In addition to Google tag assistant it is always a good plan for advertisers to check that the dynamic Google forwarding number is functioning as expected. Unfortunately, this will require you to waste a tiny bit of money by generating your own ad to check the number and by clicking through to check the number on your site.

A positive call experience is also important, so it is recommended that you actually call the number as a test to make sure every stage of the process is working.

 

Conversions from call only campaigns

Google has increasingly recognized the importance of driving calls as conversions. Mobile campaigns, call extensions and call conversion tracking have helped businesses push phone calls in a whole new way through AdWords.

For those whose primary leads are calls, call only campaigns are not to be missed. Call only campaigns launched in 2015 and for these campaigns call tracking is not only ideal, it is vital to understand any real value.

 

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As you can see from the image below, when setting up a call only campaign, Google encourages you to have calls reported as conversions and tracked:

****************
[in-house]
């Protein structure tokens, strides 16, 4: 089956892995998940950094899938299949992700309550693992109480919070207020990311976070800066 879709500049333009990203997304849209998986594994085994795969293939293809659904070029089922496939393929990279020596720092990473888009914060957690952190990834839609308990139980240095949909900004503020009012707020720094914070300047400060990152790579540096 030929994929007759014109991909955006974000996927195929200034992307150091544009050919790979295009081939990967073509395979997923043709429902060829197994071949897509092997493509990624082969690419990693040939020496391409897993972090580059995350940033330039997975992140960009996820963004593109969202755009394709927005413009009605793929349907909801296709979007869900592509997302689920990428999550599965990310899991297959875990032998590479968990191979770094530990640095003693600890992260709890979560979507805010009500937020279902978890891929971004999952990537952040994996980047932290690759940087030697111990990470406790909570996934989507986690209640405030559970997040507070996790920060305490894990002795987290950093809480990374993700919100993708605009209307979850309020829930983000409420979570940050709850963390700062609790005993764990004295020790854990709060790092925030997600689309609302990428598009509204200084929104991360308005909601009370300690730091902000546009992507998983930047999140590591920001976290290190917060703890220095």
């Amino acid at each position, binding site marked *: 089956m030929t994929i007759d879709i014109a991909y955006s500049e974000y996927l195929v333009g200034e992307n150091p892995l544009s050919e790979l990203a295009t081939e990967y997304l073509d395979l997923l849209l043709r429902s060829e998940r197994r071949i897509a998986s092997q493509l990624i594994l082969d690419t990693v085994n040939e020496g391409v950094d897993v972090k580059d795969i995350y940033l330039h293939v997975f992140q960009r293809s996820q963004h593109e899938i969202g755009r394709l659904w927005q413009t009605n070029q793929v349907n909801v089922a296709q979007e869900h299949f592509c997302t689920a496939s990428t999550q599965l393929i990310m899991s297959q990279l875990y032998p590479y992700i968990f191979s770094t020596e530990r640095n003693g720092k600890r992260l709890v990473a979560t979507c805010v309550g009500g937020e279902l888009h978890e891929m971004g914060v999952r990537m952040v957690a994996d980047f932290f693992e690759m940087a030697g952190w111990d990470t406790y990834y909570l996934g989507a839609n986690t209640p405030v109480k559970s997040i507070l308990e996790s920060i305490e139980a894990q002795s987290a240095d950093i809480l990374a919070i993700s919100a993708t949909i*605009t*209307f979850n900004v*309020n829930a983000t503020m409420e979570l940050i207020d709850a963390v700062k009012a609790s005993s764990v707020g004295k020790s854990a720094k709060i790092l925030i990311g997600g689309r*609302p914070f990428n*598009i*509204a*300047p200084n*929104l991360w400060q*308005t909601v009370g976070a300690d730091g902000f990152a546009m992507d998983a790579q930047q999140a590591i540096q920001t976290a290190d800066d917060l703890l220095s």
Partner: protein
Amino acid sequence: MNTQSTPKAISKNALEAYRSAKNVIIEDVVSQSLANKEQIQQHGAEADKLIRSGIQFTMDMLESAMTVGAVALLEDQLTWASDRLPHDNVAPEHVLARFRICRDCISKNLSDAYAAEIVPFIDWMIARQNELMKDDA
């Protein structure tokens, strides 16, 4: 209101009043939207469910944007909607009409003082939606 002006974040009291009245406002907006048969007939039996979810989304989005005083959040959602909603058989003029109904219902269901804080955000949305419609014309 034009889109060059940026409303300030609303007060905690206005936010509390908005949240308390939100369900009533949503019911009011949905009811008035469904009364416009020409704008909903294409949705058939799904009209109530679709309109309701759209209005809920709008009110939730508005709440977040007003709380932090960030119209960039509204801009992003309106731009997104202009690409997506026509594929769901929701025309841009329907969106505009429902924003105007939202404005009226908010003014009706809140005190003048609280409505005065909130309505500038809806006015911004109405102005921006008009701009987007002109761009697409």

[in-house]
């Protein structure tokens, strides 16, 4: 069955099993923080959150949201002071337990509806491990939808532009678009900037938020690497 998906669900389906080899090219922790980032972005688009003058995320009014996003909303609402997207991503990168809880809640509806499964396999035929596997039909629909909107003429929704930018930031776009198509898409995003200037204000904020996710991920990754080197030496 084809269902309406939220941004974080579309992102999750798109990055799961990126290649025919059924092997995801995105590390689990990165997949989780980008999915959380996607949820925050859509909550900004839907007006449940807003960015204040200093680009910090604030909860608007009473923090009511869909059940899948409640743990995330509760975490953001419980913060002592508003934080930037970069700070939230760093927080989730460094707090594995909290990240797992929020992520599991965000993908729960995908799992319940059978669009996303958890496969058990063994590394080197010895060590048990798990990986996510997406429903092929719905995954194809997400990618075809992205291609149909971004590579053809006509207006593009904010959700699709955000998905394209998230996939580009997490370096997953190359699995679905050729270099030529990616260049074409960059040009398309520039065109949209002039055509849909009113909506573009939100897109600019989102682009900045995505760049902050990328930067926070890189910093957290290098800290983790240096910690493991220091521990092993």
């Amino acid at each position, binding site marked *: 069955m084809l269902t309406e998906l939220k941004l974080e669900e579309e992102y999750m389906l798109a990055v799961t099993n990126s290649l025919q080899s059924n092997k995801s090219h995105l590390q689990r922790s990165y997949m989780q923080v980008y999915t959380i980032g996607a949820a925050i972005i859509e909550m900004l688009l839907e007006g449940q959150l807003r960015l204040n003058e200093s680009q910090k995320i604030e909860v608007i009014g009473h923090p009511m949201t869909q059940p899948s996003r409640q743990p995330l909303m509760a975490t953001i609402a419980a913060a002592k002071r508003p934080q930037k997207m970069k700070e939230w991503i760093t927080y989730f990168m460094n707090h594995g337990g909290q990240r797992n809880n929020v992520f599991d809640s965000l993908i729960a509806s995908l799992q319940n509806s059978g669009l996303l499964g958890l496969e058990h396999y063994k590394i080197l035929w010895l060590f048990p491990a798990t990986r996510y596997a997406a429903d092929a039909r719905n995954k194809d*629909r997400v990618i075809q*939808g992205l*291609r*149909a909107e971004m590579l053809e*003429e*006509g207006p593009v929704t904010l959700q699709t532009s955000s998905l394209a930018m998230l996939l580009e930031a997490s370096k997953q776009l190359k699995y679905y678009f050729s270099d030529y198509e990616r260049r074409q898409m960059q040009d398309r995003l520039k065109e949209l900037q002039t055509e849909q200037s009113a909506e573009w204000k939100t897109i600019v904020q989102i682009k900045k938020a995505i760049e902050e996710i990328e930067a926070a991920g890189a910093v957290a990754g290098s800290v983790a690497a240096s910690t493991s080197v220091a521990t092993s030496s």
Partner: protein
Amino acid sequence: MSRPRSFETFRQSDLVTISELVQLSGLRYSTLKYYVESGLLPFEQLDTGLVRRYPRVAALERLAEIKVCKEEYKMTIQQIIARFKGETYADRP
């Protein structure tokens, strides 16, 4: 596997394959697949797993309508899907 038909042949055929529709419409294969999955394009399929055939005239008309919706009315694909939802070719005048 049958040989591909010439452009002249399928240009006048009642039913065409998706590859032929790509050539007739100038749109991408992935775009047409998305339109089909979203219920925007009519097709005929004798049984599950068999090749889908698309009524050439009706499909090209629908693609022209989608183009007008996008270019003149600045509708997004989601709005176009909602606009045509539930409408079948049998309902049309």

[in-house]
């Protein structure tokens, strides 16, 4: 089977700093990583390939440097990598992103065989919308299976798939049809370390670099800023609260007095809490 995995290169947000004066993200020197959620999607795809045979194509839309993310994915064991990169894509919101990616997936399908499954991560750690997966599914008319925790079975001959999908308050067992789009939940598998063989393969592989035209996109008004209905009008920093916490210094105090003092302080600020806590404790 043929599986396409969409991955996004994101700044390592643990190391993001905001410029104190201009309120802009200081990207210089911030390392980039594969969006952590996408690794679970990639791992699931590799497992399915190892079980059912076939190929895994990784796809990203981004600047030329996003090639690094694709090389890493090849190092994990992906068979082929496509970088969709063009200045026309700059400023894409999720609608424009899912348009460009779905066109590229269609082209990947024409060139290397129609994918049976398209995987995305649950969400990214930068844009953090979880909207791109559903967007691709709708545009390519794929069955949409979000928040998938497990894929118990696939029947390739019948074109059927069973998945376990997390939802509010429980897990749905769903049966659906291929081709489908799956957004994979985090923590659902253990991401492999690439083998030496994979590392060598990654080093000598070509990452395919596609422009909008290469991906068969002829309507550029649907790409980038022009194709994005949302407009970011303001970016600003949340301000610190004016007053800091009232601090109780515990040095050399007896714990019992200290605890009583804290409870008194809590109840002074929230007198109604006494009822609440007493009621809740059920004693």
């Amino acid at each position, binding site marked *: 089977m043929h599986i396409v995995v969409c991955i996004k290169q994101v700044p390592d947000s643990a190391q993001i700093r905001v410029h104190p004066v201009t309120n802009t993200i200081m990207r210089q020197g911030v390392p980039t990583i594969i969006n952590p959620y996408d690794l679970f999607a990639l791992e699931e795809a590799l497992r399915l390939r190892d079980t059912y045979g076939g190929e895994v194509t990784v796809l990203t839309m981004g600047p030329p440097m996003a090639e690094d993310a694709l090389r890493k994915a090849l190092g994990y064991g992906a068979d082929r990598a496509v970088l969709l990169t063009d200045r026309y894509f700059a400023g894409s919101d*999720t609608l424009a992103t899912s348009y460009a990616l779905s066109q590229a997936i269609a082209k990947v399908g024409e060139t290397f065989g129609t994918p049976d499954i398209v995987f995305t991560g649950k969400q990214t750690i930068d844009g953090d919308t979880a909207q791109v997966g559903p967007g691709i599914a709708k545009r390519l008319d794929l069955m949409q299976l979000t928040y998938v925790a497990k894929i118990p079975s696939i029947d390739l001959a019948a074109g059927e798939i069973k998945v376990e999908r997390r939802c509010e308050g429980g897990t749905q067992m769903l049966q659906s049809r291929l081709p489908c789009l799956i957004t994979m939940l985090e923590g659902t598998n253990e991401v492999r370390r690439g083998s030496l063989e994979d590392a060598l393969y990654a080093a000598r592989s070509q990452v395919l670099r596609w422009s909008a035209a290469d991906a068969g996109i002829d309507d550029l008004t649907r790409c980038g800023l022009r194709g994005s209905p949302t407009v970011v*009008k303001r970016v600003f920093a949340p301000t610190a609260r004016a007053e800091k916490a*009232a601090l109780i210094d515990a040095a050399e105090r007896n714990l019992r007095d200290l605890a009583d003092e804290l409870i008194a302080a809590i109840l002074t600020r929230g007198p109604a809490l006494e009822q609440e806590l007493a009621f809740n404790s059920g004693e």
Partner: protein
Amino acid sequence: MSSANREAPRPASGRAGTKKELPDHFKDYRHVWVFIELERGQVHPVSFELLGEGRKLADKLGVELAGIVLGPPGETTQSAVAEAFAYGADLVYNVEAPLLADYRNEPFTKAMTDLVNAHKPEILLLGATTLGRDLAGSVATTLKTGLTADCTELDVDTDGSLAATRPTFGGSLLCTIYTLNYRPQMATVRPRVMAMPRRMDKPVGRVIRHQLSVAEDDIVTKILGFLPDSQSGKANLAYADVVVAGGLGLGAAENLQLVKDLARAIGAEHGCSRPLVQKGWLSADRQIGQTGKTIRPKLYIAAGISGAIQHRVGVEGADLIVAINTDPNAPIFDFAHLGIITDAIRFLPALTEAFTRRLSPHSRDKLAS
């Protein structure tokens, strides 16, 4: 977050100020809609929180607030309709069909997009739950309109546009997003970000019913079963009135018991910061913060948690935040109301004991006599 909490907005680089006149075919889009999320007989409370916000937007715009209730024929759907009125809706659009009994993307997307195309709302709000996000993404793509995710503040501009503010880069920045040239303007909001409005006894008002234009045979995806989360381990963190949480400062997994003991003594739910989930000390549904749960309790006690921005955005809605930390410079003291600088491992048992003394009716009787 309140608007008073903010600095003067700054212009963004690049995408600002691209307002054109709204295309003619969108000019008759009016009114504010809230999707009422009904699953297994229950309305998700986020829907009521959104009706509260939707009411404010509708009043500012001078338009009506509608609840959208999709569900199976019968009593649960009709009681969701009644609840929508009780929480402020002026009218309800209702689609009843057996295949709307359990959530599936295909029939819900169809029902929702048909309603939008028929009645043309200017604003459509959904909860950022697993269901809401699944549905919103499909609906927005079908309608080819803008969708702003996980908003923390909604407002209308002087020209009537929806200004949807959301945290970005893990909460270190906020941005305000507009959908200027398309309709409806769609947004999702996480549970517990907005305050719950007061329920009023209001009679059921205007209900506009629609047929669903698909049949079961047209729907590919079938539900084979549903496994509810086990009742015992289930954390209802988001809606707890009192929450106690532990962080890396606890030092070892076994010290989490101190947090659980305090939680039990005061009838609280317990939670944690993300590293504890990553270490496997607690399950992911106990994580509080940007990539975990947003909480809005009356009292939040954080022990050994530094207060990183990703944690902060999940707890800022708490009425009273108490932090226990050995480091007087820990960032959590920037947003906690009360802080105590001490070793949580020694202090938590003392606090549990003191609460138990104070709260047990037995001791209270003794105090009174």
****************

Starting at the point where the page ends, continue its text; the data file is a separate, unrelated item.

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For advertisers looking to gather as many calls as possible and remove any unnecessary steps where they might lose convertors, call only campaigns are a great choice. They reduce the length of your conversion funnel and make conversion data clearer, as users can only convert by phone call in this scenario.

 

 

Watch the video below for detailed instructions on setting up a call only campaign and don’t forget to select call reporting in your campaign set up and set up a conversion as you did for a call extension conversion:

Naturally Google AdWords is not the only kind of call tracking you can utilize in your efforts to gather call data from PPC. There are also many choices of third-party software, so how can you work out which you should use? With Google AdWords call conversion tracking, there are several pitfalls to be aware of that are specific to call conversions but there are also major advantages.

 

Advantages of Google AdWords call conversion tracking